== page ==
ERC Starting Grant
Land animal evolution: genomic landmarks on the path to terrestrial life
To conquer land from marine environments, animals changed radically the way they breath, reproduce, move or smell. And they did it multiple times in the history of Earth, with terrestrial animals massively outnumbering aquatic ones. Understanding terrestrialization is therefore key to comprehending animal biodiversity and biological adaptation. Despite the relevance of such an episode, the genetic underpinnings orchestrating terrestrialization in animals are largely unexplored. The project will test the hypothesis that animals are equipped with a highly plastic ‘terrestrialization genetic toolkit’ that allowed their adaptation to the extreme environmental conditions in terrestrial ecosystems. This adventure involves genomics, transcriptomics, proteomics and protein engineering. Do you want to join? We are hiring!
Unraveling the evolution of terrestrial arthropods through phylogenomics
Arthropods conquered land multiple times in the history of Earth. This project aims at shedding light into the land arthropod evolution through genomics and transcriptomics with emphasis on lineages with both marine and terrestrial taxa, as well as to provide a state-of-the-art molecular dating for the Arthropoda Tree of Life.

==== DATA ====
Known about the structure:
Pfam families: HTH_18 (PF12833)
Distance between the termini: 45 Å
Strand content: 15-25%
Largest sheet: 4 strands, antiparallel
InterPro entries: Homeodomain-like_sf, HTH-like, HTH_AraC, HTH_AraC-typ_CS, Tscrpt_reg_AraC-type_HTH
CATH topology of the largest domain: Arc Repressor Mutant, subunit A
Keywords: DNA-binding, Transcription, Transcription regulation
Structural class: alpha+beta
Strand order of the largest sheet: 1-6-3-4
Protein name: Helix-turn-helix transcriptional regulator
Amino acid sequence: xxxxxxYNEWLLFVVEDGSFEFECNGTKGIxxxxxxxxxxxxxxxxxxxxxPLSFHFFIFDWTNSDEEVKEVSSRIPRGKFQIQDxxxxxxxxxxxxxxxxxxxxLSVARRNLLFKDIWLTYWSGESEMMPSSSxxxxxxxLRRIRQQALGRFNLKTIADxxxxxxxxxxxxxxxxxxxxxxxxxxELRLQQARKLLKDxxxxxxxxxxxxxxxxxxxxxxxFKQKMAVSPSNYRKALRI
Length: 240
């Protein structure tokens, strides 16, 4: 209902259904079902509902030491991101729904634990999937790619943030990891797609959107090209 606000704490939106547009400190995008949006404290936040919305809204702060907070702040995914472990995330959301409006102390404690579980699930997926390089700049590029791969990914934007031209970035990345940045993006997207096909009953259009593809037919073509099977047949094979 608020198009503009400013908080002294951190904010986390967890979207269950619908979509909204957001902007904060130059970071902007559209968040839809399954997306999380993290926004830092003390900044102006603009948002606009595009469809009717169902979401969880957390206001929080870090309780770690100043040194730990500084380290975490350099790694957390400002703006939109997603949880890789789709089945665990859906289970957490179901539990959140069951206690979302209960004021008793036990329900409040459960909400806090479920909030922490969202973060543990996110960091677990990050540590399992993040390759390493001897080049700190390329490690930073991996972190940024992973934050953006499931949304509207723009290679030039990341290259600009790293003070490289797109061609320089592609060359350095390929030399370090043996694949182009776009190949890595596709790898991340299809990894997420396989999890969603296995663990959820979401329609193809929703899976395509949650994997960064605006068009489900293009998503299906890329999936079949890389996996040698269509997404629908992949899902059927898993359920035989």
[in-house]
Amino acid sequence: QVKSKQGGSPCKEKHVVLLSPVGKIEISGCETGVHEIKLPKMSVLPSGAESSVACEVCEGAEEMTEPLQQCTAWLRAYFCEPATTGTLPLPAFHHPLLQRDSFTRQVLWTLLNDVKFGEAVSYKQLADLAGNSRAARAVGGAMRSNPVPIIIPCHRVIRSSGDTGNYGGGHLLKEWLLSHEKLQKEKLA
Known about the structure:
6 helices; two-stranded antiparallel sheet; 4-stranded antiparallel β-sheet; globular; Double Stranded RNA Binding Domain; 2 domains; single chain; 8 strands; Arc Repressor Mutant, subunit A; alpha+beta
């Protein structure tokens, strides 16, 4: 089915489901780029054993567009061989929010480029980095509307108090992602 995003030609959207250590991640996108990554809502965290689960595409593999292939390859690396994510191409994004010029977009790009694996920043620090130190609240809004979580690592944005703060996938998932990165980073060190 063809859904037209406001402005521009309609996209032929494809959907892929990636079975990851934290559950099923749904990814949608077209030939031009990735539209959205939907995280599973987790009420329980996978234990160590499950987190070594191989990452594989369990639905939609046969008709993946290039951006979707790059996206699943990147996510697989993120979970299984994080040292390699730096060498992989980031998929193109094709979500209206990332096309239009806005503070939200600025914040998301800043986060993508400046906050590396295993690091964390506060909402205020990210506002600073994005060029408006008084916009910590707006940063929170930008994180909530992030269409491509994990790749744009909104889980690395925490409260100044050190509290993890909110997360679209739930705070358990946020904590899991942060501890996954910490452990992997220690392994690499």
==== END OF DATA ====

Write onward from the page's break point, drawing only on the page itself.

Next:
Reconstructing water to land transitions in arthropods through atoms, genes and fossils
Successfully dealing with oxygen, a vital gas and a lethal toxin, is a key process that has shaped biodiversity for billions of years. Oxygen pressure differs in water and air, and has also changed dramatically through time. The evolution of oxygen homeostasis is thus critical for the origin of earth-dwelling species and the rise of the modern biosphere. Using arthropods as model systems, we will test the hypothesis that oxygen level changes triggered the convergent evolution of aerial respiration, thus facilitating the conquest of dry land. For that, we will apply (i) a physical-chemical approach to study the properties of the oxygen chain for different respiratory organ architectures and investigate the formation of damaging reactive oxygen species on different hemocyanins and hemolymph compositions; (ii) a genomics approach to interrogate the dynamics of hemocyanin evolution and cell type homology in respiratory structures across arthropods and interrogate their mechanistic ancestral evolution through time; and (iii) a paleontological approach to investigate morphological evolution of respiratory-like structures in exceptionally preserved Paleozoic fossils to explore adaptative correlates with oxygen levels across arthropod lineages through deep time.
This is a project funded by the Human Frontier Science Program (grant agreement no. RGY0056/2022). This is a multidisciplinary project in collaboration with Ana Belén Muñoz-García (University Federico II of Naples, Italy) and Javier Ortega-Hernández (Harvard University).